Jennifer Jacobs at Bloomberg: White House Security Official Contracted Covid-19 in September.
A top White House security official, Crede Bailey, is gravely ill with Covid-19 and has been hospitalized since September, according to four people familiar with his condition.
The White House has not publicly disclosed Bailey’s illness. He became sick before the Sept. 26 Rose Garden event President Donald Trump held to announce his Supreme Court nominee Amy Coney Barrett that has been connected to more than a dozen cases of the disease.
A White House spokesman declined to comment on Bailey. He is in charge of the White House security office, which handles credentialing for access to the White House and works closely with the U.S. Secret Service on security measures throughout the compound.
Chris Christie is still in the hospital and there has been no news about how he is doing. NJ.com:
Christie’s current condition is not known. Hospital officials declined comment Tuesday….
Christie, who has struggled with his weight and has a lifelong history of asthma, tweeted that he checked himself into the hospital Saturday. Because of his conditions, he’s at higher risk of developing complications from the virus.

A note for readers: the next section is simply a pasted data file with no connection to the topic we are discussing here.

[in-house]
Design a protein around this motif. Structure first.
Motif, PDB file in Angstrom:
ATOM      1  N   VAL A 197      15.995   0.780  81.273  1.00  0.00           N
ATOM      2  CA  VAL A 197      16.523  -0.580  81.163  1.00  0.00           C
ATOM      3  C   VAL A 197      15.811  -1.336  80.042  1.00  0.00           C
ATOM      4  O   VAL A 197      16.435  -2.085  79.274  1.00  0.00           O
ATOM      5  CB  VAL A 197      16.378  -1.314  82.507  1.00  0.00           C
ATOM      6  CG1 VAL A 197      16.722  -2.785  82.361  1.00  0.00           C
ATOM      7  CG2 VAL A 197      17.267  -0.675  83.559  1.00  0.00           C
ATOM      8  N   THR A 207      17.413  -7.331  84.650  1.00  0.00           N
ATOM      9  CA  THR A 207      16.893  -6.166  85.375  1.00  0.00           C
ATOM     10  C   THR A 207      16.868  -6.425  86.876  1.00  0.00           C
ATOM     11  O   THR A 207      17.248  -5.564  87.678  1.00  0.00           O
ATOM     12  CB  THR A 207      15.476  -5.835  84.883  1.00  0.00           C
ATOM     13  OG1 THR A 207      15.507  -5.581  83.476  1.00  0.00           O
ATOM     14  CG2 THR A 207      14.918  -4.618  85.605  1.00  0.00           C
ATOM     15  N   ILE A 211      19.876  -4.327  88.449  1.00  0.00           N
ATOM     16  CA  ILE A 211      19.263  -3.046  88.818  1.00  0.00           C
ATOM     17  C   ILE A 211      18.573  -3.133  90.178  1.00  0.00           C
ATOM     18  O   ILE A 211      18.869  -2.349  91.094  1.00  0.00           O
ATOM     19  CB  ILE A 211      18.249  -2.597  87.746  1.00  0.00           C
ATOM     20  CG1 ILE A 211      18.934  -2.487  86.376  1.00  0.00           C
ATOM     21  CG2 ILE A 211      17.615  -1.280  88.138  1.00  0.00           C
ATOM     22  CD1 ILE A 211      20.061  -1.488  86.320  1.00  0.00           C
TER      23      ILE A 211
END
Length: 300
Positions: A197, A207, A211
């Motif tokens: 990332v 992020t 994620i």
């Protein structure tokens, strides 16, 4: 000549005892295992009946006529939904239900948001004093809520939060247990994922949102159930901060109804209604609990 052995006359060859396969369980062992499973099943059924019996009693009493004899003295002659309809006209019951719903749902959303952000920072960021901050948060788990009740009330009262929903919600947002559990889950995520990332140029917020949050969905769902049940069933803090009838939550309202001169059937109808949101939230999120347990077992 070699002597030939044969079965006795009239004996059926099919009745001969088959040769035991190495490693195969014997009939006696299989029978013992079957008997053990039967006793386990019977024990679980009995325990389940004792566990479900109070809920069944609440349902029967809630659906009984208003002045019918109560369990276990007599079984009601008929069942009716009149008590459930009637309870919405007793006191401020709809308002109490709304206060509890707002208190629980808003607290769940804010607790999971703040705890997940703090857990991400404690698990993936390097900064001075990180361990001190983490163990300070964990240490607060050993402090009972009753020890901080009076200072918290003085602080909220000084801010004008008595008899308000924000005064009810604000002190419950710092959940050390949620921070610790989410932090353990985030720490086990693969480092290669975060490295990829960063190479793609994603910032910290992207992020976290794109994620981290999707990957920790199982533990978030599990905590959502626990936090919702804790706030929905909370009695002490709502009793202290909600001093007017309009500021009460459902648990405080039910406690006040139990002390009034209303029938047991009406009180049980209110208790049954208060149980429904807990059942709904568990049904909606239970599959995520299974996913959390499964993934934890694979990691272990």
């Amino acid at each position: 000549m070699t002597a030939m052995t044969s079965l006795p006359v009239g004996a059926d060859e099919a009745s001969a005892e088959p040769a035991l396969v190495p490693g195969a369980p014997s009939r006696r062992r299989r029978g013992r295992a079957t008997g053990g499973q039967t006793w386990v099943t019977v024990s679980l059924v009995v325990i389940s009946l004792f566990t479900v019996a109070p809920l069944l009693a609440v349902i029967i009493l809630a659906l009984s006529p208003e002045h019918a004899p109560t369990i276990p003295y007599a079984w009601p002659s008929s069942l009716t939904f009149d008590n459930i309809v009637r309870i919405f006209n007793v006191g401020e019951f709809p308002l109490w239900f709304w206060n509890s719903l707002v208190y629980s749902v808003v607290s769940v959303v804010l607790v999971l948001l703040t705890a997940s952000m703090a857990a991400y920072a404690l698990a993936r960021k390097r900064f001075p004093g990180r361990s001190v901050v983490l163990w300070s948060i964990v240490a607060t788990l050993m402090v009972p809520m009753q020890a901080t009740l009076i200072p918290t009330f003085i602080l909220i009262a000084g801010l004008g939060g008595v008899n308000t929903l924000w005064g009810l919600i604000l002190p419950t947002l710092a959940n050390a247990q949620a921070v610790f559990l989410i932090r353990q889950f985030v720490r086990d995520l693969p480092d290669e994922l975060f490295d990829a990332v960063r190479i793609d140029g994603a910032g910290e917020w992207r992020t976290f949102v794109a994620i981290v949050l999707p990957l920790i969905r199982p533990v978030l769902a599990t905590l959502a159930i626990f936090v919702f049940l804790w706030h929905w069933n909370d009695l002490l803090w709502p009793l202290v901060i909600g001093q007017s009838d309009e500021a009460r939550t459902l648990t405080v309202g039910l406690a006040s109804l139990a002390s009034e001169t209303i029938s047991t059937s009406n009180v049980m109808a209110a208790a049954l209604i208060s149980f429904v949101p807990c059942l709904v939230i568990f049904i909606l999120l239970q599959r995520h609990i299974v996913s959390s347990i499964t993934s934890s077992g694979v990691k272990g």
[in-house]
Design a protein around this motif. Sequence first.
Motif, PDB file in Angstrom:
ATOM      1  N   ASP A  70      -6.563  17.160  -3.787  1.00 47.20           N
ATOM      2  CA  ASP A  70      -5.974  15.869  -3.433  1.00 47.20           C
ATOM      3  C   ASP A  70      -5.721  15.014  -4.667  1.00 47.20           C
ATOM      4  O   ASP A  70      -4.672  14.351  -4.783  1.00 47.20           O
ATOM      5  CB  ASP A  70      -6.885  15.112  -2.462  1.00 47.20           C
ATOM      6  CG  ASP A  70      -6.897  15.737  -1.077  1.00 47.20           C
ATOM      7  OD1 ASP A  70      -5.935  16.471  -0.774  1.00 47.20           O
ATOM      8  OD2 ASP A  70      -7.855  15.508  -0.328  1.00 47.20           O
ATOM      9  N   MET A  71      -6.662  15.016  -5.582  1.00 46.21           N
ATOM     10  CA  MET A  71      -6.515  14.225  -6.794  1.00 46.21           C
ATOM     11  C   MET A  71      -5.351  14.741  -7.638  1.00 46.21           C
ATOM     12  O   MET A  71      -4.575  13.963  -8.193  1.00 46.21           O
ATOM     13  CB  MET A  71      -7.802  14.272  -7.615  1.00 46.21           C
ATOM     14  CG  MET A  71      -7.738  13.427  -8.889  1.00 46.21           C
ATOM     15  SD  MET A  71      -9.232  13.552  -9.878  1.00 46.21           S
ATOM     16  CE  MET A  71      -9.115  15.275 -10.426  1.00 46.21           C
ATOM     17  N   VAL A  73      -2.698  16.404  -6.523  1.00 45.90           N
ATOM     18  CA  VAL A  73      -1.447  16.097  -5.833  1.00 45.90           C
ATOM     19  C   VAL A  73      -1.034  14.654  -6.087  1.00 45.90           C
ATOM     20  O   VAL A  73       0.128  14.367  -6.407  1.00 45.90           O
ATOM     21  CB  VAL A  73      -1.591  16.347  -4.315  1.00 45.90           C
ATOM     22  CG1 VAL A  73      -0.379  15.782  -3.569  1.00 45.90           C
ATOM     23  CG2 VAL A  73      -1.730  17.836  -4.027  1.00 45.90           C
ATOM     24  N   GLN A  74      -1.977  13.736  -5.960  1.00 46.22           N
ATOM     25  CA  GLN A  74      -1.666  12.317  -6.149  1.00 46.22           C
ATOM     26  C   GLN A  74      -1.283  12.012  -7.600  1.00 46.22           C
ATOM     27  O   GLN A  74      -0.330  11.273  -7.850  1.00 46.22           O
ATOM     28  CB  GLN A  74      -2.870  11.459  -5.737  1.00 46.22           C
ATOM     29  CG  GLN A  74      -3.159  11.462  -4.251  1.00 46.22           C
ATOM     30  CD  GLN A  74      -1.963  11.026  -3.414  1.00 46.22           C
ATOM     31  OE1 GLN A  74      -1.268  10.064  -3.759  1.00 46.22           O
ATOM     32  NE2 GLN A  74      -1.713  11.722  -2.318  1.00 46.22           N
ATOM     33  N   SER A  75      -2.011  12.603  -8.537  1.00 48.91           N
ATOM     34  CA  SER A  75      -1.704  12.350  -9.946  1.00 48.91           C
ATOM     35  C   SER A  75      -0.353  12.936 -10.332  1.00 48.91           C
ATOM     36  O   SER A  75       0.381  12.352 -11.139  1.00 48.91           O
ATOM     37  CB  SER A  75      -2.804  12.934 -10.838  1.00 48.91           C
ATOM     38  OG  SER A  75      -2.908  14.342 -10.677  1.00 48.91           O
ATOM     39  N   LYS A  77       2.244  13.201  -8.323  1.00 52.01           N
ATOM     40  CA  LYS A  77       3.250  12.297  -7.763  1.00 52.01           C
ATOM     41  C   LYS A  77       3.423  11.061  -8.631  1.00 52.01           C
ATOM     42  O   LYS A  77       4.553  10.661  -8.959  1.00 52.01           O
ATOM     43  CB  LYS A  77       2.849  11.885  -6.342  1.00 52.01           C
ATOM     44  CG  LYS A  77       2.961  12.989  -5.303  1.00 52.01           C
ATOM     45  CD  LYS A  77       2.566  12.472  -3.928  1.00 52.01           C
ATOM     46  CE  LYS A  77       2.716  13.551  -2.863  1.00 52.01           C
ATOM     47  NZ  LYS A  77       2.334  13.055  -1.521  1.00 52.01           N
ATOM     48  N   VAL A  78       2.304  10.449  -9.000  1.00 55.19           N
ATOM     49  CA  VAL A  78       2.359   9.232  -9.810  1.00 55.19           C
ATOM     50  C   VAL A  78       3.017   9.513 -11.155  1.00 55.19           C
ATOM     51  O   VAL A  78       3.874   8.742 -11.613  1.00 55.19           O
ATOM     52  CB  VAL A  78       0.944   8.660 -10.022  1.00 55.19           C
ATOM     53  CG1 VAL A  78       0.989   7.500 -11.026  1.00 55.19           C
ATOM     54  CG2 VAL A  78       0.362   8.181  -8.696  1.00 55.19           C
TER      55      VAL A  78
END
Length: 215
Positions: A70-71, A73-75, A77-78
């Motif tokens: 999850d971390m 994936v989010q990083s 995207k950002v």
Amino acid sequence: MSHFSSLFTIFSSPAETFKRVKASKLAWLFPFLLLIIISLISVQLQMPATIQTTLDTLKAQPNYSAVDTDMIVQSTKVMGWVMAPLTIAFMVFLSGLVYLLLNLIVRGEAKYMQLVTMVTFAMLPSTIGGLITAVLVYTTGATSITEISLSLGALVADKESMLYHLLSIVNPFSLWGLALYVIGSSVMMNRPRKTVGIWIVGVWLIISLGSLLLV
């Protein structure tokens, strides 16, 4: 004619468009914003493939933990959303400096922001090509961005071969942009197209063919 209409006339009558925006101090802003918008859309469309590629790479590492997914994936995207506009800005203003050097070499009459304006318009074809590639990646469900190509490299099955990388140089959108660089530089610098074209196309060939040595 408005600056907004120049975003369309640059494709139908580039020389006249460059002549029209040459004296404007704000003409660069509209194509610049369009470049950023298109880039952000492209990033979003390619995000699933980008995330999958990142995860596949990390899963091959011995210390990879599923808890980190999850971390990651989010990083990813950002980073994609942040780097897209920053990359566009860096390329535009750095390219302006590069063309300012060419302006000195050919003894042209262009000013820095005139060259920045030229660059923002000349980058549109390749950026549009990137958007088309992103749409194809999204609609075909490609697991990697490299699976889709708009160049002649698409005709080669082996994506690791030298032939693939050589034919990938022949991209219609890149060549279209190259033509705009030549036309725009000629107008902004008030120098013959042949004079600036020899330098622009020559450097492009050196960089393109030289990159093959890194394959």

The Daily Beast: White House Quietly Told Vets Group It Might Have Exposed Them to COVID.
On the same day President Donald Trump acknowledged contracting the coronavirus, the White House quietly informed a veterans group that there was a COVID-19 risk stemming from a Sept. 27 event honoring the families of fallen U.S. service members, the head of that charitable organization told The Daily Beast.
The White House warning, which came on Oct. 2, is the earliest known outreach to visitors of the complex that there was a risk of coronavirus emerging from the grounds where the president, the first lady, and at least 17 of his aides, according to Politico, have now tested positive for the virus.
The Sept. 27 event to honor Gold Star families came the day after the White House hosted a celebration for Supreme Court nominee Amy Coney Barrett that appears to have been an early source of the White House outbreak, though West Wing officials have quietly disputed that linkage. It is unclear to the head of the veterans charity—the Greatest Generations Foundation—which participant’s potential positive coronavirus test sparked the warning.